How a Kenyan company is helping farmers with irrigation
About two-thirds of people living in rural areas in developing countries live off smallholder farming. They have limited access to markets and inputs, and they are exposed to constant risks. The yields of African smallholder farmers trail world averages by about 50 per cent, which means that Africa contributes to global agriculture output below its potential. Despite all of these constraints, they still manage to produce food both for themselves and for substantial part of the urban population.
One of the key challenges for smallholder farmers in many regions is access to water. In Kenya, for example, only 3 per cent of Kenyan farmers use the irrigation techniques needed to become more productive.
In 2017, we invested in SunCulture through Energy Access Ventures Fund, a venture capital fund focusing on the access to the energy market in Sub Saharan Africa.
SunCulture provides solar-powered irrigation solutions for African farmers. They currently operate in East Africa and planning to expand to other regions. The company aims to be a ‘one-stop shop’ for farmers, supporting them with the tools, knowledge and finance to grow their businesses. Technicians and agronomists trained by SunCulture also provide on-farm training, soil analysis and agronomy support by mobile phone available anywhere in Kenya.
In 2017, SunCulture launched the RainMaker, a solar-powered water pump that can lift 6,000 litres of water per day and can pump from wells up to 100 metres deep, compared to current market alternatives that draw from 10 metres deep, and it’s 90 per cent less expensive than the company’s previous product. The company provides a pay-as-you-go financing model to make the pump even more affordable. Using energy from a portable 120-watt solar panel and battery bank, the RainMaker is able to pump enough water to irrigate a half-hectare farm and fulfil household water needs like drinking, cooking and cleaning.
“I have water all the time. Even during the dry season
I can plant crops as I wait for the rains to come.”
“I have seen great increase in fact I have managed to plant cucumbers in extra patch of land, something I could not do before I had the pump.”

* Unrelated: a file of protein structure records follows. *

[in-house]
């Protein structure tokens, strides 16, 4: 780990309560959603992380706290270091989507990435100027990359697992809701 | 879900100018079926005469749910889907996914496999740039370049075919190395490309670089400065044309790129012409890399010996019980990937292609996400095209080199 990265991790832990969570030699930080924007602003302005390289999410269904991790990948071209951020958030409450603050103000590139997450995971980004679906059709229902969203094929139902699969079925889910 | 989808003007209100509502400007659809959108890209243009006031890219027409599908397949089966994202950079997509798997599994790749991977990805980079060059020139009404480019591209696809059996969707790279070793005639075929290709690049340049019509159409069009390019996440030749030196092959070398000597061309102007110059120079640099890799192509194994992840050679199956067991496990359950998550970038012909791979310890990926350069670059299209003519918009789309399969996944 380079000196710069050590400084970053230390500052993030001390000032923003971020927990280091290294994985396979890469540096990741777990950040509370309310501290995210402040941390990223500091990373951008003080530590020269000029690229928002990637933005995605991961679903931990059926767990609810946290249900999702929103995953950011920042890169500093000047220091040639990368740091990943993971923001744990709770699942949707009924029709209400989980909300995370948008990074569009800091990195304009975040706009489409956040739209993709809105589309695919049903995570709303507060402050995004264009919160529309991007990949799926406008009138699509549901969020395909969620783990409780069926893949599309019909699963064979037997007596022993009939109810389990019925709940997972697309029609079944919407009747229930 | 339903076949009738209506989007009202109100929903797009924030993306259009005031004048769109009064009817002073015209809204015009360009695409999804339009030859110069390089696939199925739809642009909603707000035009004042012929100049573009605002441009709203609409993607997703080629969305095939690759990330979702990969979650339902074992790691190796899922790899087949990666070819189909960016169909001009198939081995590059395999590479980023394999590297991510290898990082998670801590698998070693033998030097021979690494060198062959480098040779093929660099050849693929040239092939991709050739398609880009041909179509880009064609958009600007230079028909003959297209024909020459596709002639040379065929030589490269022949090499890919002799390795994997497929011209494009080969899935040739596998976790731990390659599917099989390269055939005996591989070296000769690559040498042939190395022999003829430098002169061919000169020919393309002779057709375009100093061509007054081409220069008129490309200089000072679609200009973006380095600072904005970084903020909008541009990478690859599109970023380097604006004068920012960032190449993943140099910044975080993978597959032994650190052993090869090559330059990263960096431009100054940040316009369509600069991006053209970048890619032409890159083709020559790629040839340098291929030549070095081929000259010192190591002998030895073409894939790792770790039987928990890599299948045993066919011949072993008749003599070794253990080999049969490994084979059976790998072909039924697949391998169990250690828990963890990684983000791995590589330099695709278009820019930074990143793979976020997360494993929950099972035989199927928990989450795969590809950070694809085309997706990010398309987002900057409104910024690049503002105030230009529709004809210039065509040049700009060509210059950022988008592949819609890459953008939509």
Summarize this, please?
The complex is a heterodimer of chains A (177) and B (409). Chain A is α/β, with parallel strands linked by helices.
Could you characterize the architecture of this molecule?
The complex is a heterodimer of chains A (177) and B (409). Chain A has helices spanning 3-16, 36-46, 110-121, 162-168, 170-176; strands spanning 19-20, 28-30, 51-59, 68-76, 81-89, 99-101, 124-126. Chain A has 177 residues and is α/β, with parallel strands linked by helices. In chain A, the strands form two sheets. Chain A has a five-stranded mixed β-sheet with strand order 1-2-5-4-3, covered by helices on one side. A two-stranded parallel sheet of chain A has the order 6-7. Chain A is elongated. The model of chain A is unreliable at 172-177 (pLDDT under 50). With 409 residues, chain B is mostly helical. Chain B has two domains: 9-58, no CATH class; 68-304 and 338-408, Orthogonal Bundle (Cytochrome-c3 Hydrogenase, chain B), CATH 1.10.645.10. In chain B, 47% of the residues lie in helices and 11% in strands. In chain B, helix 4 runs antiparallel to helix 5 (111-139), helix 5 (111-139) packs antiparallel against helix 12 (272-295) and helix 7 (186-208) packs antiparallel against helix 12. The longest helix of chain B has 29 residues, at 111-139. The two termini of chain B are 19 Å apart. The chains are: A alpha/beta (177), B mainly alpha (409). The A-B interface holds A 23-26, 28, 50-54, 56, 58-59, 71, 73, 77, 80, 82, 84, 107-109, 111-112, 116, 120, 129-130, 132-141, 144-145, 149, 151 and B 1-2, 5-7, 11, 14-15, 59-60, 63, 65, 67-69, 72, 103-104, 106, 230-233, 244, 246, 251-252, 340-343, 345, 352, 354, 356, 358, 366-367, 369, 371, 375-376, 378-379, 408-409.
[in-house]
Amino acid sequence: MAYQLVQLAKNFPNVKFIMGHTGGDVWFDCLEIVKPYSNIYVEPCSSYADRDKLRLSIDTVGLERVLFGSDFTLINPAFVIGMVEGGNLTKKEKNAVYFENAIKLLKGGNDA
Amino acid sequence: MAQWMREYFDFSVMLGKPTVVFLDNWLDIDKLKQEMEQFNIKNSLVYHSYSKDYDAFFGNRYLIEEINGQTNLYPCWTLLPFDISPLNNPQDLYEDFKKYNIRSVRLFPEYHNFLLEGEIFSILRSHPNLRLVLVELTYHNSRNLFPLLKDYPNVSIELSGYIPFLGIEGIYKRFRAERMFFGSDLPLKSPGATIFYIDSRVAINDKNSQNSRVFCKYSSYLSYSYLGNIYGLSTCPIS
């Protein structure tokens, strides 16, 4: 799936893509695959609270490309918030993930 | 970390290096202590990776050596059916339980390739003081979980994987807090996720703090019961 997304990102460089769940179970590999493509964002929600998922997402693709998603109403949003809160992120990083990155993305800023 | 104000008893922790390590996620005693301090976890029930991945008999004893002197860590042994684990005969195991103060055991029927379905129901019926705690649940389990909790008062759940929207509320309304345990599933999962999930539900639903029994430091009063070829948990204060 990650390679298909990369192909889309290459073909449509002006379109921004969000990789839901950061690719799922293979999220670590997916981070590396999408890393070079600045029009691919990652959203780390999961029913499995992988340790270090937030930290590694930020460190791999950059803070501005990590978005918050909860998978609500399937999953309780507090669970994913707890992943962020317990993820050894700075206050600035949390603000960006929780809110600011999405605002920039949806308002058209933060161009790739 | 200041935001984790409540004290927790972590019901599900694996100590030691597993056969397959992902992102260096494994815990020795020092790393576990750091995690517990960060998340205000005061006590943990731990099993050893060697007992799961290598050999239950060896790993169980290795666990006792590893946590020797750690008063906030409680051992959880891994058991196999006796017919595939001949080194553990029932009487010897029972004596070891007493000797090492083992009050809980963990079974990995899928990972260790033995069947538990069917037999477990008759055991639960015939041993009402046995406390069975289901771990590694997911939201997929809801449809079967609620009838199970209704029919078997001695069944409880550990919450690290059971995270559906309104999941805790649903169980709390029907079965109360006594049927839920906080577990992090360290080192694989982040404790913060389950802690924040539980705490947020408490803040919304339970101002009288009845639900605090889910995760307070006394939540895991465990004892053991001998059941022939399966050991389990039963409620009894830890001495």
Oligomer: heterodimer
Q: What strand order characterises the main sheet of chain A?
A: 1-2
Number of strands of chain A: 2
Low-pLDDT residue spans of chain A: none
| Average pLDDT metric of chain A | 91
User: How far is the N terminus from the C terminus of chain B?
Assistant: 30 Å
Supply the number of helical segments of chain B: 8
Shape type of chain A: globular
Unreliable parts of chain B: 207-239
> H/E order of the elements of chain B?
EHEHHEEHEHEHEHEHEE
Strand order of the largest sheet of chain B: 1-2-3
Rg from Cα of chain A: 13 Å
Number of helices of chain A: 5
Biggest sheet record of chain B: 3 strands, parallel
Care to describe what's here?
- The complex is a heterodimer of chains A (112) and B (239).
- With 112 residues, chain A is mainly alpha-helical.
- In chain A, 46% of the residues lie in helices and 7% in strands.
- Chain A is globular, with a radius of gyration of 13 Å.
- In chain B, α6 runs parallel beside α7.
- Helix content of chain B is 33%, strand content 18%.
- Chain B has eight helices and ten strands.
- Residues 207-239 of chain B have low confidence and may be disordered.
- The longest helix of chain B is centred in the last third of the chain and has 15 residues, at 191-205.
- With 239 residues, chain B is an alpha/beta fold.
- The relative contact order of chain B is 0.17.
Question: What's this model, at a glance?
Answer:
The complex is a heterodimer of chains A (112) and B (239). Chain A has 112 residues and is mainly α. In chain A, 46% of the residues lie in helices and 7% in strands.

In late 2017 we worked with Acumen Lean Data – a company which provides insight data on social enterprises – to better understand the impact SunCulture was creating and who was benefitting from it. The results of the survey showed that farmers’ lives were affected in several ways.
For example, the RainMaker increases the harvests and incomes of local farmers, enabling them to save time and effort they used to spend on getting water. The team found that, as well as being used to irrigate farms, the product can be used to support livestock, and meet household water needs like cooking and cleaning.
In total, the data found that farmers were saving 17 hours per week from no longer moving around 20 litre jerry cans, while collecting water from wells, boreholes or communal rivers and lakes. They now use that time for more productive uses and to tend to family needs.
Before purchasing the RainMaker, half of customers used a fuel pump or a generator for water extraction. Electric water pumps are not viable without a connection to the grid, so farmers mostly used diesel, which made irrigation not just expensive, but an unaffordable option for many farmers.
Although some customers had only been using RainMaker for a few months, half have already reported an increase in their farm’s productivity as a result. Farmers who had been using it longer reported an average increase in crop yield of 300 per cent per year.
“I save a lot of cash that I initially spent on buying petrol for pumping water.”
Democratic Republic of Congo